Key limes are grown on evergreen trees that stand between 6 to 13 feet high, and can be quite prickly if you don’t watch out!
In this post, we take a look at the key lime tree, and how to harvest this alkaline fruit that is a necessary diet staple for all seasons.
Will Key limes Ripen off the Tree?
Most citrus fruits are generally not harvested until they have reached a certain level of maturity, which can be normally identified by a change in color.
Key limes, on the other hand, are normally picked before they change color completely, as they will ripen off the tree if they are not picked in time. As difficult as this sounds, key lime farmers know the timing of the key limes and will use different factors to determine the level of maturity.
One of these factors is by identifying the season that your key limes become ready, depending on the location you are in. For most farmers that are in the US, key limes are generally harvested in the summertime.
For farmers in Central, and South America, and the West Indies, key limes bear year-round, which can make it difficult for them to know when key limes are ready to be picked.
Related: How Long Do Key Limes Last?
When Key Limes are Ready to be Picked?
It may seem difficult to the naked eye to figure out when key limes are ready to be picked, but farmers, scientists, and backyard gardeners have narrowed it down to a tee.
Here are our two main tips and things to look out for to determine when your key limes are ready to be picked.
- Color – Unlike other citrus fruits that you can pick when they have fully changed colors, key limes are a bit different. If you pick a key lime that has fully turned yellow, it will more than likely already have passed the mature/ ripe stage and is heading to the overripe stage. The best time to pick a key lime if you’re focusing on the color is when they are yellow-green.
Picking fully green limes is also not beneficial because the limes will not continue to ripen after they have been picked.
- Texture/ Feel – Another easy way to know if your key limes are ready for harvesting is by touching them and paying attention to the texture. Mature limes will not be completely hard to the feel, but they will feel heavy and full.
Overripe limes tend to be squishy and softer, while green or immature limes tend to feel heavier.
These factors are the easiest way to determine if your key limes are ready to be picked. Farmers also recommend, just picking a few key limes as needed for recipes and drinks, and allowing them to ripen on the tree.
So what do you do if your key limes have fallen off the tree?
Do You Pick Key Limes or Let them Fall?
If you have a key lime tree, then you may also notice that they can fall off the tree even if you don’t pick them, but is this the best way to harvest them?
The prickly tree stems may make you want to wait until key limes fall rather than picking them, but this is not the best way to get the maximum benefits from key limes. It is best to pick key limes instead of allowing them to fall, as overripe key limes generally are less beneficial than their mature counterparts.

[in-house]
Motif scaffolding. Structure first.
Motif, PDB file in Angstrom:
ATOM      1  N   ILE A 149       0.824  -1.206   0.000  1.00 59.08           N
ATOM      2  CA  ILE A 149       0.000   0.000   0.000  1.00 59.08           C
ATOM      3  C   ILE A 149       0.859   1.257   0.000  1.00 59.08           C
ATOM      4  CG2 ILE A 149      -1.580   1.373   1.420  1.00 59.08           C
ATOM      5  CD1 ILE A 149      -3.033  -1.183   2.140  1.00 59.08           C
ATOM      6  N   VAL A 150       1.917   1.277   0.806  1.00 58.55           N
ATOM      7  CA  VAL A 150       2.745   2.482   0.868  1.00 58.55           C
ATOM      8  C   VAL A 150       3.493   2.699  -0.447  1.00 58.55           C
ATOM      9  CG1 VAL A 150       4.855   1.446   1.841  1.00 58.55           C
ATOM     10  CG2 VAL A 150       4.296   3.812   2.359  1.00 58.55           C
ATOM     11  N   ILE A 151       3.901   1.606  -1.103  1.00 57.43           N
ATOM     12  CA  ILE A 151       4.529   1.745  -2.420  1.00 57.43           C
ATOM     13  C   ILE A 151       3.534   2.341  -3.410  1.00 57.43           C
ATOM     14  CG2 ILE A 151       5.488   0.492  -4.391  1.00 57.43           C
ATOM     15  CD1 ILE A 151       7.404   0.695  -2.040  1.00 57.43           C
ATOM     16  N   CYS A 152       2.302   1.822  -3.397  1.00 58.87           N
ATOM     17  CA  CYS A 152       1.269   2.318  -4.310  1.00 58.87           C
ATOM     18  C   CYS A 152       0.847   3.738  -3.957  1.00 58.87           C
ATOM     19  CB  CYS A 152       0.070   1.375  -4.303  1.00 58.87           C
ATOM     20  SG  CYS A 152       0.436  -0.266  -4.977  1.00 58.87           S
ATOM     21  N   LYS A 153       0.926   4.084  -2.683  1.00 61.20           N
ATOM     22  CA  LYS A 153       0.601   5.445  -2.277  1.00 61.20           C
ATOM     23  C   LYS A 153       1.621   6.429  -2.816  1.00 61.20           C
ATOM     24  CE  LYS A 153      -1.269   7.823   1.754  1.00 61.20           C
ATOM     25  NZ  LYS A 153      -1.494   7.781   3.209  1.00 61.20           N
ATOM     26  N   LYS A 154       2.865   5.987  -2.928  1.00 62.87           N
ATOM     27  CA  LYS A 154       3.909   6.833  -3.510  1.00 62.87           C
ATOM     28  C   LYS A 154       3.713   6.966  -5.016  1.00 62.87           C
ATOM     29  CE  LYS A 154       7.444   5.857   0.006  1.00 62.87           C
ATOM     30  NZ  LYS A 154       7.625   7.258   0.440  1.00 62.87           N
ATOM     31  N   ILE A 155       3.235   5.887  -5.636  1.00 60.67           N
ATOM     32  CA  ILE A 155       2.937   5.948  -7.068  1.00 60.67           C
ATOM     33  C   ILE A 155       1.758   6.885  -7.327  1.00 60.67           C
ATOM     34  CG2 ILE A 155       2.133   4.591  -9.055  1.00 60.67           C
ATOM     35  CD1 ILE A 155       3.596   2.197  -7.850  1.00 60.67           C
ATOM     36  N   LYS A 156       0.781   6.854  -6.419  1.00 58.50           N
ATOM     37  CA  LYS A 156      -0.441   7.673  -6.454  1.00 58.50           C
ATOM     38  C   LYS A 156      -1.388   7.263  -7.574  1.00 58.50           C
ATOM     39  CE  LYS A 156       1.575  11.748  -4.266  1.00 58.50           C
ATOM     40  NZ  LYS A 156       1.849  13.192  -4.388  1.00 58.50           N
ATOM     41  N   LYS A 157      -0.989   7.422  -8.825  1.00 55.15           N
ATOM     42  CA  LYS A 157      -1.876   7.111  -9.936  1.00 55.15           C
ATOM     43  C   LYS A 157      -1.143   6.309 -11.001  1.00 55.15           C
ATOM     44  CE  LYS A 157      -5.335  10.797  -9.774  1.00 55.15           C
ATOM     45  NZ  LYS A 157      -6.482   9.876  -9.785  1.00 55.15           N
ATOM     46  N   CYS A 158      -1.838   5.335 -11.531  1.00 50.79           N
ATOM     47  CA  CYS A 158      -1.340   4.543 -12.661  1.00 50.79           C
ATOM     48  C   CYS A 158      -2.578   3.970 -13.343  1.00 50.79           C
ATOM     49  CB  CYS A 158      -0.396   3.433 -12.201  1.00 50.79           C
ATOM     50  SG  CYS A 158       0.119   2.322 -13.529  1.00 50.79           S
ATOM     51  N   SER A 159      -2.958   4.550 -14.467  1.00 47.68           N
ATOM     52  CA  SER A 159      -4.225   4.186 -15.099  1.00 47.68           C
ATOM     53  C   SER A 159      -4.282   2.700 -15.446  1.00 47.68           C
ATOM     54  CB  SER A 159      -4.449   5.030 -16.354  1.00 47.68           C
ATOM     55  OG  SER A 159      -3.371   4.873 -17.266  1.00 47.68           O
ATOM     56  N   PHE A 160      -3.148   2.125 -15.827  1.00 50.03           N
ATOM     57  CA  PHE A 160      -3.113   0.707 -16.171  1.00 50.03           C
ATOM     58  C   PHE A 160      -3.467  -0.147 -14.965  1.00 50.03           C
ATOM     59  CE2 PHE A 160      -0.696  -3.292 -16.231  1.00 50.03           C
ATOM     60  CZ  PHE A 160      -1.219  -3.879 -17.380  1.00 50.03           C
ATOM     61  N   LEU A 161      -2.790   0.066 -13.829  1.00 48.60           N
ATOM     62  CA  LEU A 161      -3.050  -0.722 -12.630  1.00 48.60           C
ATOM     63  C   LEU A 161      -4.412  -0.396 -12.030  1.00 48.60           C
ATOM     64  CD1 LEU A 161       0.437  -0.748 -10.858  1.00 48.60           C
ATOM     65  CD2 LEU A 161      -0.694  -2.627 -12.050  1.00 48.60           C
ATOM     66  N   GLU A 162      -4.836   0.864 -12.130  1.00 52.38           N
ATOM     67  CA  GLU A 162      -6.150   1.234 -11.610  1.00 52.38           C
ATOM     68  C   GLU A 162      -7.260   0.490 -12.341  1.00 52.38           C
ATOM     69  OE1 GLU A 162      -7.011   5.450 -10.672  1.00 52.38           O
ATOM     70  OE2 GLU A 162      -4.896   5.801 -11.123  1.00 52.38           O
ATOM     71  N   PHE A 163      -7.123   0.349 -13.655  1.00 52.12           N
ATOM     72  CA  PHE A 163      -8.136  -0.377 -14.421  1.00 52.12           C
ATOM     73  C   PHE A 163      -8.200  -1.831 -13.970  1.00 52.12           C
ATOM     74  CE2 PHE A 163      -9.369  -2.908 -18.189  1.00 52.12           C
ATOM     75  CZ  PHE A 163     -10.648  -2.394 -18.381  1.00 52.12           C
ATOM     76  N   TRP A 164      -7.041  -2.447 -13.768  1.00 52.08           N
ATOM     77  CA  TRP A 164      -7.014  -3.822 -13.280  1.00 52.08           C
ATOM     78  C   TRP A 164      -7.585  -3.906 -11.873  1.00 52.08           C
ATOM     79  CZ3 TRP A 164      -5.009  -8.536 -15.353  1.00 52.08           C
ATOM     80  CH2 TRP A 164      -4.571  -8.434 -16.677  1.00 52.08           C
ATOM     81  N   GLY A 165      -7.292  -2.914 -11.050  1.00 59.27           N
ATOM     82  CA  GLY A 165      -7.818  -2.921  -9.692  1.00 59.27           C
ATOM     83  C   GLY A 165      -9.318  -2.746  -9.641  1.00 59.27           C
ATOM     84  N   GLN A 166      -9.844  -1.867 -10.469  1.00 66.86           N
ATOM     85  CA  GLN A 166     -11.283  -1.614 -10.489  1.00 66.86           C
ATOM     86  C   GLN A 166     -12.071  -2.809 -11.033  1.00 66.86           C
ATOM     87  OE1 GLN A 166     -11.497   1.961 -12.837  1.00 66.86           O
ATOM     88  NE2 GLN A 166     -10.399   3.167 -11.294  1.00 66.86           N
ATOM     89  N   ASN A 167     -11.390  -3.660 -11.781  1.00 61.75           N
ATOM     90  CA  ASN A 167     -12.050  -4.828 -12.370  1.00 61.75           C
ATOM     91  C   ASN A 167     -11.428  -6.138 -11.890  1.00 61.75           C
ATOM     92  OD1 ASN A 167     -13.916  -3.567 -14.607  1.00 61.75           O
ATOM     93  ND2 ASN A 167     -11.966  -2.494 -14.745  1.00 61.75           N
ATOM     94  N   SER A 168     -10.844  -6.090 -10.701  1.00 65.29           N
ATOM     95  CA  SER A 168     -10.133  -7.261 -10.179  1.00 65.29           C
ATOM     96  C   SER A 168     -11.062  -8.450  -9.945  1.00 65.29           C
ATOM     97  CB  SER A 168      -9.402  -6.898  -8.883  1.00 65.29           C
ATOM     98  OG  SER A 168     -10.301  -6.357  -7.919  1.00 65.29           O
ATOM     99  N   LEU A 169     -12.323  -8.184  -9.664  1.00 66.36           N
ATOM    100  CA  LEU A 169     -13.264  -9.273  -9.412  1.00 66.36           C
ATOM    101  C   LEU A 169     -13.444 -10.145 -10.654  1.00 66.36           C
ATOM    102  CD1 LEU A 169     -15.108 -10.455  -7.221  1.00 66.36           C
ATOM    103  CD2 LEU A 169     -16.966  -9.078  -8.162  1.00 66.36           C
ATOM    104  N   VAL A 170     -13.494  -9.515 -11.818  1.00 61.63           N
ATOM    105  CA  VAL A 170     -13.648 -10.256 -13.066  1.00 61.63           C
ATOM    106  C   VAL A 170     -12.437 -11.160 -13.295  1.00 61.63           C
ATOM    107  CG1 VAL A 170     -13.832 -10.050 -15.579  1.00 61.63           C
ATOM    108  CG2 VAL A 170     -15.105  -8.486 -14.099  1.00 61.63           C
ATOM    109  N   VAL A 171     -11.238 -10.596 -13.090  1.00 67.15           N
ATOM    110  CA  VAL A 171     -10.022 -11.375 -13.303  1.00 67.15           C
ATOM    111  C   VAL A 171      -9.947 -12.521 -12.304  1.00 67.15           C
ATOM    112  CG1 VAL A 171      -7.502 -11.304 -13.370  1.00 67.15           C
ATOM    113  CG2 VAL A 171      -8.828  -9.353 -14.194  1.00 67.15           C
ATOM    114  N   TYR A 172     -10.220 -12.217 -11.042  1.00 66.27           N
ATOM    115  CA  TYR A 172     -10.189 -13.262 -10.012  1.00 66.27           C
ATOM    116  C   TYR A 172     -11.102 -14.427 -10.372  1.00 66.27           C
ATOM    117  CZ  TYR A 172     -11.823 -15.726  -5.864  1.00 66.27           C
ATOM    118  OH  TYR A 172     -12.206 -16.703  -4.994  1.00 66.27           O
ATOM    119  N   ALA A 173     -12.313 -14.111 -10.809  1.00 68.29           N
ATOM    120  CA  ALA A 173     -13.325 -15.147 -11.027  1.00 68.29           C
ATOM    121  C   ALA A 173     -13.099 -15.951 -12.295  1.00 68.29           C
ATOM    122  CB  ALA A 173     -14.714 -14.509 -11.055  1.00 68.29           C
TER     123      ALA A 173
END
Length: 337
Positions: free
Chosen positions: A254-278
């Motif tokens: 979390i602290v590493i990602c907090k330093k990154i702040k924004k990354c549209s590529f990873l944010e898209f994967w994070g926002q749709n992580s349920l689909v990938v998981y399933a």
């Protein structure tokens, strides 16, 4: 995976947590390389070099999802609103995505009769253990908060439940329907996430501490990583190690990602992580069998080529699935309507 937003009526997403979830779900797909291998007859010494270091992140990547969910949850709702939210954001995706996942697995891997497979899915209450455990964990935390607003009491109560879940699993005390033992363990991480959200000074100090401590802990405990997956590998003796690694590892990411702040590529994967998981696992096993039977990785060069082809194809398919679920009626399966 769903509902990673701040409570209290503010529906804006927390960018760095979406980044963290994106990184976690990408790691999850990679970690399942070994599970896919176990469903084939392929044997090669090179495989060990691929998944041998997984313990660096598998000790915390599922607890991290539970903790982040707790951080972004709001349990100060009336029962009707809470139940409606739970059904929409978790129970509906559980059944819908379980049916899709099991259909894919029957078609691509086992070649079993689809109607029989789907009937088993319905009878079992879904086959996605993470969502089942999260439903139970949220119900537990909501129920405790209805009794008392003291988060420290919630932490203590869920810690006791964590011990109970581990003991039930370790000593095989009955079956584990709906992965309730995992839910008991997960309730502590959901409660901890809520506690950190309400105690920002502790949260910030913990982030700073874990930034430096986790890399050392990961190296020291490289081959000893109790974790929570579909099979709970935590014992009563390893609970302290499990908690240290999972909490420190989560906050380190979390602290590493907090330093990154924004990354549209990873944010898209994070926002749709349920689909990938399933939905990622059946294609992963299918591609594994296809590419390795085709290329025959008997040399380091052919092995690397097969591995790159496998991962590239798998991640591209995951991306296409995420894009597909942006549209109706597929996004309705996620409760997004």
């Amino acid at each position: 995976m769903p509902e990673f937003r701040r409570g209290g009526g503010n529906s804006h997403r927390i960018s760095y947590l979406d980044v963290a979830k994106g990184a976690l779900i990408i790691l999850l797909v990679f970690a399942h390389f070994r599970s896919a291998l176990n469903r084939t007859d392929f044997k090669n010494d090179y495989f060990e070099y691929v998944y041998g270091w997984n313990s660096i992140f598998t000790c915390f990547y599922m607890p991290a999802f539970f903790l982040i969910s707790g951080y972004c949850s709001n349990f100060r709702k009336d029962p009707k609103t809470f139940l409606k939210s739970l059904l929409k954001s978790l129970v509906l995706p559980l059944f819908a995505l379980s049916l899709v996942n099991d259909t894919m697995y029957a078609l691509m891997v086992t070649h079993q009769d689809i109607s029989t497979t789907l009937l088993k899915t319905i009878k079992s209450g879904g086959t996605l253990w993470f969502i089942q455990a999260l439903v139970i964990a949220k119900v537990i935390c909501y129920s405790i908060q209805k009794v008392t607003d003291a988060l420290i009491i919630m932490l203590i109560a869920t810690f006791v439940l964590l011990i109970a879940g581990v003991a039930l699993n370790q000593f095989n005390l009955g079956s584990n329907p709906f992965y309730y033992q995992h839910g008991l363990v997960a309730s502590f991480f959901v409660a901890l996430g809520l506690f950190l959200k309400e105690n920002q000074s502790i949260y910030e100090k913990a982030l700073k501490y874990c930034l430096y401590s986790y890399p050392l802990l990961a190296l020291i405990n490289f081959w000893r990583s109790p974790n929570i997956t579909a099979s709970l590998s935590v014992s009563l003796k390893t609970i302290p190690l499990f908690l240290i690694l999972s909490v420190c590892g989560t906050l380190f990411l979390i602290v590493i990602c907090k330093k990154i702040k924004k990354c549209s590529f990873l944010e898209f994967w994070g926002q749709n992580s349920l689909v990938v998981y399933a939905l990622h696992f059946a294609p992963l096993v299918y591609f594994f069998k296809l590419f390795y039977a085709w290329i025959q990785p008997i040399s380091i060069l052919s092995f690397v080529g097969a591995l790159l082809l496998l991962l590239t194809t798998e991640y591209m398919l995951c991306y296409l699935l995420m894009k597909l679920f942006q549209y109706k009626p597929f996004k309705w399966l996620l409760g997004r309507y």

Key limes only fall when they have completely ripened, and are normally yellow. At this stage, they are sweeter and more acidic, making them limited in the benefits that they can give to your body.
When you pick them at their yellow-green hue, they are mature and more alkaline, which is crucial for the alkaline vegan diet. Picking your key limes at peak maturity is the best way to get the benefits that provide.
But how do you even pick ky limes with those prickly horns holding onto your hands? Let’s take a look.
How Do You Pick Key limes Off a Tree?
It may be tempting to just ‘leave it to the experts when you take a look at your key lime tree, but don’t give up just yet.
You can easily pick key limes off a tree by having the thorns removed completely from it, or using a small fruit picker. Bear in mind that this may take some work, but it will all be worth it when you have your delicious key limes.
For the first option, you can opt to have a gardener or horticulturist snip the thorns as your limes become more and more ready. This process shouldn’t damage your key lime tree, as long as it is done with care and expert knowledge.
The other option is to buy a fruit picker and do it yourself. This way, you are 100% sure that the integrity of your key lime tree remains the same and you don’t have to poke your hands into those prickly thorns. This technique does require a bit of knowledge how though and may be a bit difficult for someone new to limes.
Key limes, like all other citrus fruits, tend to change colors when it has reached full maturity, but unlike other fruits, key limes should be picked before they are fully ripe or yellow.
Paying attention to the color and weight of your key limes can give you a great indication of when they’re ready, but if you’re still not sure, it might be best to track them by season.
Lastly, there’s no shame in the key lime picking game! If you can’ pick them, let your gardener or someone with a little more skill do it for you. Harvesting key limes can be very difficult, especially if you’re not familiar with the process, but we hope this guide has helped!
Until next time, happy lime picking season!
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